Morning Markets: Say hello to Menlo’s newest fund, aimed at the middle of the venture market.
It’s widely agreed that the late-stage venture market had a strong 2018. With non-traditional vehicles like the SoftBank Vision Fund competing with private equity and growth-stage venture funds, there’s lots of capital for startups that are both large and quickly growing.
On the other end of the venture spectrum, seed has become notably diverse, with pre-seed taking the place of traditional seed, seed itself growing to old-school Series A proportions, and seed-extension rounds becoming de rigeur at startups working to meet the latest Series A requirements.
In between the two extremes, Menlo Ventures is betting that there’s an opportunity that it calls the “Venture Gap.” Let’s explore what it is up to.
$500M For Adolescent Startups
This morning Menlo Ventures announced a new $500 million capital pool called the “Inflection Fund” that it intends to use to power startups in their maturing years. According to the fund’s own notes, the half-billion-dollar lever will help startups spring up that are at the “early-growth stage.”
Menlo’s Matt Murphy is part of the new fund, which caught my eye as he’s someone that I’ve known since his time at Kleiner; Kleiner itself has a new $600 million fund (more on that here). The goal of the new fund, according to Murphy, is to find companies who can “accelerate [to] scalable, hypergrowth” with fresh external capital.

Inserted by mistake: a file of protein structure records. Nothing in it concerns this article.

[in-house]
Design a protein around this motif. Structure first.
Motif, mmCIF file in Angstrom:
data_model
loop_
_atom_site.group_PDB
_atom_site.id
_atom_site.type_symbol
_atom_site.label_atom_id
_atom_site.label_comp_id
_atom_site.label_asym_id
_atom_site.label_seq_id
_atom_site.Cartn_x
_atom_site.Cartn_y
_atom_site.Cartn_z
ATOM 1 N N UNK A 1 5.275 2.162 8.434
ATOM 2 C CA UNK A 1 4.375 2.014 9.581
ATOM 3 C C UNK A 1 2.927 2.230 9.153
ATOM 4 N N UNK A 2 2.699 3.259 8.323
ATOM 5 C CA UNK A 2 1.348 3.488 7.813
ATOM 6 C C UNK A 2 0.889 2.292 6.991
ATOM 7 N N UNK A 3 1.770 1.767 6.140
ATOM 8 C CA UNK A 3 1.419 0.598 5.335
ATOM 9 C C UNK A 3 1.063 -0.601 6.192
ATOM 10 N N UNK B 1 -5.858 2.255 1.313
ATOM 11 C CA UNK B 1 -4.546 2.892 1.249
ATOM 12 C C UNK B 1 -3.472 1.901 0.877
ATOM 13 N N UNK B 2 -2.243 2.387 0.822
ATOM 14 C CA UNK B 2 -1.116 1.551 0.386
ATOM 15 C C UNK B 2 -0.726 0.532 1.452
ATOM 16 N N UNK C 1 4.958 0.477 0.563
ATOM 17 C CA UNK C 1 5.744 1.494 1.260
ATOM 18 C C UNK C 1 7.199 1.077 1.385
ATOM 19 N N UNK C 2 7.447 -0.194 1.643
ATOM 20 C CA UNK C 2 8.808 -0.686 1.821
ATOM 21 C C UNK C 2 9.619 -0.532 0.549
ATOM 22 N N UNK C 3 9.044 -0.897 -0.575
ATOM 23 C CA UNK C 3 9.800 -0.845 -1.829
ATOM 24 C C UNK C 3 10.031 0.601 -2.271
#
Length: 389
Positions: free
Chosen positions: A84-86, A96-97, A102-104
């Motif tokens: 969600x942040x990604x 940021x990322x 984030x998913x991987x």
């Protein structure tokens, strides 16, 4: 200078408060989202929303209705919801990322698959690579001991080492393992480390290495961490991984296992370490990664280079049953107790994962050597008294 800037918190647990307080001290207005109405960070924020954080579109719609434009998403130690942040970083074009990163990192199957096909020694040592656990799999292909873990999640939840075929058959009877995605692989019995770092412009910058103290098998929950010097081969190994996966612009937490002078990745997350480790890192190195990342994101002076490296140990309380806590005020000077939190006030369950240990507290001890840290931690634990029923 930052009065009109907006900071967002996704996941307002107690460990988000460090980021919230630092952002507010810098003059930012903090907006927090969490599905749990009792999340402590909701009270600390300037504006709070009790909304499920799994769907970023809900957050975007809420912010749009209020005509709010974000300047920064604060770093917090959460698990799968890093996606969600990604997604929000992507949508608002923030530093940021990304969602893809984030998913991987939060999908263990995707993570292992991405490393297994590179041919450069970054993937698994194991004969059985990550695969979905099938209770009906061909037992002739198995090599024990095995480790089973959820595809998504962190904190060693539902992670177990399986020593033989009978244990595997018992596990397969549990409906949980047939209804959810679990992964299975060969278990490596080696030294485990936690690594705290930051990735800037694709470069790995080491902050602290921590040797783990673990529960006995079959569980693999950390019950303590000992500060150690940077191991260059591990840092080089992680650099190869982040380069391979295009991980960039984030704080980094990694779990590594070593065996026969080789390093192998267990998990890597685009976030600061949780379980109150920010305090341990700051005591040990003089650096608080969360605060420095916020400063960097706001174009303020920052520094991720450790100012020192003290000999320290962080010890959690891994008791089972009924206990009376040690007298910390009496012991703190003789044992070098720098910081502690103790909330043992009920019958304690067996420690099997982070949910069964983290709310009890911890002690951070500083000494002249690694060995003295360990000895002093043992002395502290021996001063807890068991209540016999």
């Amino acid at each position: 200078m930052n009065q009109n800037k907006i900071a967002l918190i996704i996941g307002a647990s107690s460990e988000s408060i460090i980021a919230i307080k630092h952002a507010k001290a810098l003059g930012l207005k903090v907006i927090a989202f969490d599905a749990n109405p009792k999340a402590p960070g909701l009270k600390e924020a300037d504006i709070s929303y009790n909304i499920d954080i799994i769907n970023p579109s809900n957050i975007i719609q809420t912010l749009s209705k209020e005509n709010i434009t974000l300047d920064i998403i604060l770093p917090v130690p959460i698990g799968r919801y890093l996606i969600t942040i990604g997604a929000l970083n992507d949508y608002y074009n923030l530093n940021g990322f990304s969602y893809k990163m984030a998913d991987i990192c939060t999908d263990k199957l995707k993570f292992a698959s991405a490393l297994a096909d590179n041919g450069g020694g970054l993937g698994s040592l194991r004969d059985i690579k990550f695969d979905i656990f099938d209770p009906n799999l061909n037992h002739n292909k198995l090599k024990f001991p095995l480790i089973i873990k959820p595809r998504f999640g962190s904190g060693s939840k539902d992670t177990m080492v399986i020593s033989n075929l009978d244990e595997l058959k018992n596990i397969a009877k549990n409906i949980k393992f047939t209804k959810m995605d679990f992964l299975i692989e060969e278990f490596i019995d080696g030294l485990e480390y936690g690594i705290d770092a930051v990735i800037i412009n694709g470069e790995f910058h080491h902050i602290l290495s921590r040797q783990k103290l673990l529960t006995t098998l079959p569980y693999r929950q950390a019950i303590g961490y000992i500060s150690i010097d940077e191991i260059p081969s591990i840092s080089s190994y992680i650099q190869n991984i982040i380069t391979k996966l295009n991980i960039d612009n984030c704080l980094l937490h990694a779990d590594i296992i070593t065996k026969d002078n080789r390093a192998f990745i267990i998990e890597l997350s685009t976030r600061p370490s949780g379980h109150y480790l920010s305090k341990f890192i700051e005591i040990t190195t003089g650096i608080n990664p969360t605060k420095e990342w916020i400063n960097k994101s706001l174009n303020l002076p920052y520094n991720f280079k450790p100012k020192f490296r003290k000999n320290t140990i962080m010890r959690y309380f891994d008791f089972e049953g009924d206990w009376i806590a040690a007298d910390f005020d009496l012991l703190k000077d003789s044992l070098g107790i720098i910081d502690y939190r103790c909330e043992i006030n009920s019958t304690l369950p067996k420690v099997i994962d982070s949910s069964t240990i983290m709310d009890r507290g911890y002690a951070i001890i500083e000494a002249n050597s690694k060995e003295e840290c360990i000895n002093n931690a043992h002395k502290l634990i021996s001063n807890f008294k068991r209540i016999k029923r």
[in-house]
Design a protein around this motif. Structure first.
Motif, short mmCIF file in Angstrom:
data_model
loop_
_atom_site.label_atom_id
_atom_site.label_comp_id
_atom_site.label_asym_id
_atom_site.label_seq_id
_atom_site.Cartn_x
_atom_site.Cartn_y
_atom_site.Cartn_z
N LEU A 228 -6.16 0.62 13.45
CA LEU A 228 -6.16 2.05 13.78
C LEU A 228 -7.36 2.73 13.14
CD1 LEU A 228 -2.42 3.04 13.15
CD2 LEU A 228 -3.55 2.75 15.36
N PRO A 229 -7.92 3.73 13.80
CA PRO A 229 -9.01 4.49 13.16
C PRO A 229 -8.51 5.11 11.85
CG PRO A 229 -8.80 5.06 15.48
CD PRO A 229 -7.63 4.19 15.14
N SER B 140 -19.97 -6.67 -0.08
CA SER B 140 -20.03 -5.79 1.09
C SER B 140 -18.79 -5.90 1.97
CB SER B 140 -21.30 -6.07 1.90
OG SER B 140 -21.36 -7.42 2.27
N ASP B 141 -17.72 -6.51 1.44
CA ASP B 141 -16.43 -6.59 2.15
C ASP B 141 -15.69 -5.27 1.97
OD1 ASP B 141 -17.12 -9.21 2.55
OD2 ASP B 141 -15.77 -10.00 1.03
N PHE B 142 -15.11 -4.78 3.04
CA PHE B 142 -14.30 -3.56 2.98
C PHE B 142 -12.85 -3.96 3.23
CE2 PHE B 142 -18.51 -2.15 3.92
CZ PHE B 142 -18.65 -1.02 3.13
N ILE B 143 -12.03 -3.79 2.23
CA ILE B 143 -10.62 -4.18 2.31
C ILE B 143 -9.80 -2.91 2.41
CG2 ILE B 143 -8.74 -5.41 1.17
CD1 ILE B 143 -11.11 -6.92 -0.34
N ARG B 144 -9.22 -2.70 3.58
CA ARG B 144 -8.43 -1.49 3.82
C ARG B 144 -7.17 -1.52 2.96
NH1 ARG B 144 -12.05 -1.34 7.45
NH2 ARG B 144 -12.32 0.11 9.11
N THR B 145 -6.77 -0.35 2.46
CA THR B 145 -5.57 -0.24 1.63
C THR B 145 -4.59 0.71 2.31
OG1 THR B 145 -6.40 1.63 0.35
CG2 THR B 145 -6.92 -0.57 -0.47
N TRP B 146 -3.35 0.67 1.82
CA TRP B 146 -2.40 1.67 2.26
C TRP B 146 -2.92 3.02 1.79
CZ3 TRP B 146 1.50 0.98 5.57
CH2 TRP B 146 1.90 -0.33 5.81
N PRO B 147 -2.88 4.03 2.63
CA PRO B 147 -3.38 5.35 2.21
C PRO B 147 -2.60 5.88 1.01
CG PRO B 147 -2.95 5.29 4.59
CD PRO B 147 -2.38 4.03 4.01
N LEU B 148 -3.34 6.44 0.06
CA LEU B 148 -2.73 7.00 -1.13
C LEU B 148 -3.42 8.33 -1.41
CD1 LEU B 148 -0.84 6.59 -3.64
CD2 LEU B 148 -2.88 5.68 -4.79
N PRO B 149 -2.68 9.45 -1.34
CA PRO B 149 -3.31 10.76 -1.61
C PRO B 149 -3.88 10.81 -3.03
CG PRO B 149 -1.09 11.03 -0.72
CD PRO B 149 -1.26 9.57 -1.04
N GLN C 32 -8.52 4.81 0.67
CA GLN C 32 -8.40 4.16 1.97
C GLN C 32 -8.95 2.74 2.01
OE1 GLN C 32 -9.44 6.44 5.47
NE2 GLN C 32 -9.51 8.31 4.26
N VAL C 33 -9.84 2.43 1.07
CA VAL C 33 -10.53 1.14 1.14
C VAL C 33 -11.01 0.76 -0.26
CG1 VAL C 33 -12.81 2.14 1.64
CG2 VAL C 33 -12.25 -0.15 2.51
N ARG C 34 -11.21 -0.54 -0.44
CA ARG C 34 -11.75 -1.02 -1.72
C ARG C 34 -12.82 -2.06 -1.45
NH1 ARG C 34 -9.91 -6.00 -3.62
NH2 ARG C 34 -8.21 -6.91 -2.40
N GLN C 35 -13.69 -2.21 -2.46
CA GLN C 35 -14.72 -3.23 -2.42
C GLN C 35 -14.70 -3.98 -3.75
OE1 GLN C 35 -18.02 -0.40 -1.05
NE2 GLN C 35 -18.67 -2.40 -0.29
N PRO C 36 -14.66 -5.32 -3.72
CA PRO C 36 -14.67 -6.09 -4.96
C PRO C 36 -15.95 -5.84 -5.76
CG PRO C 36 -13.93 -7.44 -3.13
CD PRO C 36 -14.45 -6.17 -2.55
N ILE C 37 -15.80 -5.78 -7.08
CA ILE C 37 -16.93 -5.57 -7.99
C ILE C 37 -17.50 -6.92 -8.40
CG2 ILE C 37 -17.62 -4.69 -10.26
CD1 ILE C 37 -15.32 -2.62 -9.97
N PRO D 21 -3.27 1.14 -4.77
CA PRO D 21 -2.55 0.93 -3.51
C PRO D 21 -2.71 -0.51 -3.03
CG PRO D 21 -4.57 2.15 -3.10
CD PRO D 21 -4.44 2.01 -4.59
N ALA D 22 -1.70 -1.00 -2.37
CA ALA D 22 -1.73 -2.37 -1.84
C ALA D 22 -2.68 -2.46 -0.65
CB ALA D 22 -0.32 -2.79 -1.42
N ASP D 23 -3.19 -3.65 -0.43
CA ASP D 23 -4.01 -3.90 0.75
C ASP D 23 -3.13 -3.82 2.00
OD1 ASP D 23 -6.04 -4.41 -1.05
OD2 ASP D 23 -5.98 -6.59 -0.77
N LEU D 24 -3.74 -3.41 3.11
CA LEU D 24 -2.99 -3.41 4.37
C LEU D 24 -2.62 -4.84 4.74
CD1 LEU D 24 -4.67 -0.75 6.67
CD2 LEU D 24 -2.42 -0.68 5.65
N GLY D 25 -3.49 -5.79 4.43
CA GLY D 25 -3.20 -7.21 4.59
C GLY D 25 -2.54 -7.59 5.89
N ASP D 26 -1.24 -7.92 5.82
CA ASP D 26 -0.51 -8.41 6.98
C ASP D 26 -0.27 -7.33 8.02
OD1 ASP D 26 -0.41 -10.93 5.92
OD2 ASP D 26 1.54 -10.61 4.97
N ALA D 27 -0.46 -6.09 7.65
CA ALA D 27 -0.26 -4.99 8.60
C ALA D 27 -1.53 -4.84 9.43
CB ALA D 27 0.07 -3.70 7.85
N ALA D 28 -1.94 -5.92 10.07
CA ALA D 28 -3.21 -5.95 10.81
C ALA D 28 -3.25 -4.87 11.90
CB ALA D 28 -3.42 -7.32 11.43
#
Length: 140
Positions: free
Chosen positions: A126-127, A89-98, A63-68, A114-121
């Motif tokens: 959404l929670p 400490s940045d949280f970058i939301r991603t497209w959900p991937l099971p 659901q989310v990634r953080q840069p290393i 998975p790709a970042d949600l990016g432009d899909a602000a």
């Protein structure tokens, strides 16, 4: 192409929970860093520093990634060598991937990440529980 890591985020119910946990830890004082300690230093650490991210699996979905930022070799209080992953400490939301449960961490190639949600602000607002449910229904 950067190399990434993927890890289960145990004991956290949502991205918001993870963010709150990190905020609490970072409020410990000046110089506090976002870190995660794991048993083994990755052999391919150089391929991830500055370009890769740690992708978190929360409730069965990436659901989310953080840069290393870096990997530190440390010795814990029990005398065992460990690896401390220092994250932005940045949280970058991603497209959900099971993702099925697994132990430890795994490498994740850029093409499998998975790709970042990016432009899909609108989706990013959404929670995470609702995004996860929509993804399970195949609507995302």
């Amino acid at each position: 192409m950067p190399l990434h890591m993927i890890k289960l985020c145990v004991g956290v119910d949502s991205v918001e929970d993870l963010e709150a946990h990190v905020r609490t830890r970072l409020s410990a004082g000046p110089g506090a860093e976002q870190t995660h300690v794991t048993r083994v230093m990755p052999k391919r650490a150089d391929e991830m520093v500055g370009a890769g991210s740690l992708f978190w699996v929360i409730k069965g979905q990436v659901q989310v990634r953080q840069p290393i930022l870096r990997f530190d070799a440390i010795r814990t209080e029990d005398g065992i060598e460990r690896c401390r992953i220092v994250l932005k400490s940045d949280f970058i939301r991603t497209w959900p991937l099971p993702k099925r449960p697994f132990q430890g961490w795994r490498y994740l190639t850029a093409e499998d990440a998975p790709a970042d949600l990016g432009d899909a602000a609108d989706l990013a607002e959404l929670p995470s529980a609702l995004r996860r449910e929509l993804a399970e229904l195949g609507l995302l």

Per Menlo’s own notes, the Inflection Fund is looking for companies with what it calls a “beloved product,” more than $5 million in annual revenue but perhaps less than $10 million, and a grab-bag of other goodies: Top line growth of more than 100 percent (year-over-year), strong revenue quality (high retention, quick customer acquisition payback periods), and more.
That might sound like a pretty tall list, but it’s nothing out of the ordinary. Every VC wants a Series A company (the sort of shops the Inflection Fund might pick up for a Series B, it seems) to grow at 100 percent or more each year, to have good revenue economics, and feature a strong team. That’s effectively table stakes at the modern Series B and Series C stage.
What sets the Menlo fund apart from other venture vehicles, then? Perhaps the amount of money it is willing to invest in companies that have less than $10 million in annual revenue (preferably recurring). Hitting the round-number-arbitrary $10 million revenue mark opens doors for startups; many venture shops that invest at Series C or higher demand eight-figure revenue as a starting point.
So the Inflection Fund’s willingness to make “investments of $20 [million to] $40 million” into companies with less than that magical $10 million in revenue could carve out space for Menlo in the market.
It’s a notable wager as at Menlo’s stated range of investment, and the implied value of the companies targeted for investment (using their revenue as a proxy for valuation), the firm is hunting for larger stakes than have become normal in today’s founder-friendly venture market.
In short, Menlo is investing a bit more, a bit sooner, taking larger chunks, and hoping for larger eventual payouts for the extra risk it tolerated. It’s a sensible model provided that the venture firm makes good selections. How many of its bets hit the mark is the next question. We’ll see!
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